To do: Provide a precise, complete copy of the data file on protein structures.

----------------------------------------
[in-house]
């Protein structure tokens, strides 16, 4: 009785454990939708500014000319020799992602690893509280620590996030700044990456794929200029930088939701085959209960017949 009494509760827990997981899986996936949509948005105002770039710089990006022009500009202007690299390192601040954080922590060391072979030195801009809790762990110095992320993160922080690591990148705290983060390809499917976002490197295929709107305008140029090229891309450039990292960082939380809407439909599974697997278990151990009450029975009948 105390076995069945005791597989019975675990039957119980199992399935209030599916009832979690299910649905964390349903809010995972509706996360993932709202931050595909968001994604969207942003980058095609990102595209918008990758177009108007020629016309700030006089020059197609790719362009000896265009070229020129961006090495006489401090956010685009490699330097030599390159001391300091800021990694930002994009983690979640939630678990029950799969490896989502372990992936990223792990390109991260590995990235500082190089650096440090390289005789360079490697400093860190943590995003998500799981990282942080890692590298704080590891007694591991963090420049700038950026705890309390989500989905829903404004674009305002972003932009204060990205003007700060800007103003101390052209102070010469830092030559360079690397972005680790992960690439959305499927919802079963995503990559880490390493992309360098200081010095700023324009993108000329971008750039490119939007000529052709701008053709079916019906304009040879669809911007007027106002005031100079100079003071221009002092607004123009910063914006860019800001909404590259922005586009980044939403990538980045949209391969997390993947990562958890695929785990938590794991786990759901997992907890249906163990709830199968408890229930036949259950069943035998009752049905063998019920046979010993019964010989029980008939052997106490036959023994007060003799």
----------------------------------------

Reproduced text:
[in-house]
């Protein structure tokens, strides 16, 4: 009785454990939708500014000319020799992602690893509280620590996030700044990456794929200029930088939701085959209960017949 009494509760827990997981899986996936949509948005105002770039710089990006022009500009202007690299390192601040954080922590060391072979030195801009809790762990110095992320993160922080690591990148705290983060390809499917976002490197295929709107305008140029090229891309450039990292960082939380809407439909599974697997278990151990009450029975009948 105390076995069945005791597989019975675990039957119980199992399935209030599916009832979690299910649905964390349903809010995972509706996360993932709202931050595909968001994604969207942003980058095609990102595209918008990758177009108007020629016309700030006089020059197609790719362009000896265009070229020129961006090495006489401090956010685009490699330097030599390159001391300091800021990694930002994009983690979640939630678990029950799969490896989502372990992936990223792990390109991260590995990235500082190089650096440090390289005789360079490697400093860190943590995003998500799981990282942080890692590298704080590891007694591991963090420049700038950026705890309390989500989905829903404004674009305002972003932009204060990205003007700060800007103003101390052209102070010469830092030559360079690397972005680790992960690439959305499927919802079963995503990559880490390493992309360098200081010095700023324009993108000329971008750039490119939007000529052709701008053709079916019906304009040879669809911007007027106002005031100079100079003071221009002092607004123009910063914006860019800001909404590259922005586009980044939403990538980045949209391969997390993947990562958890695929785990938590794991786990759901997992907890249906163990709830199968408890229930036949259950069943035998009752049905063998019920046979010993019964010989029980008939052997106490036959023994007060003799």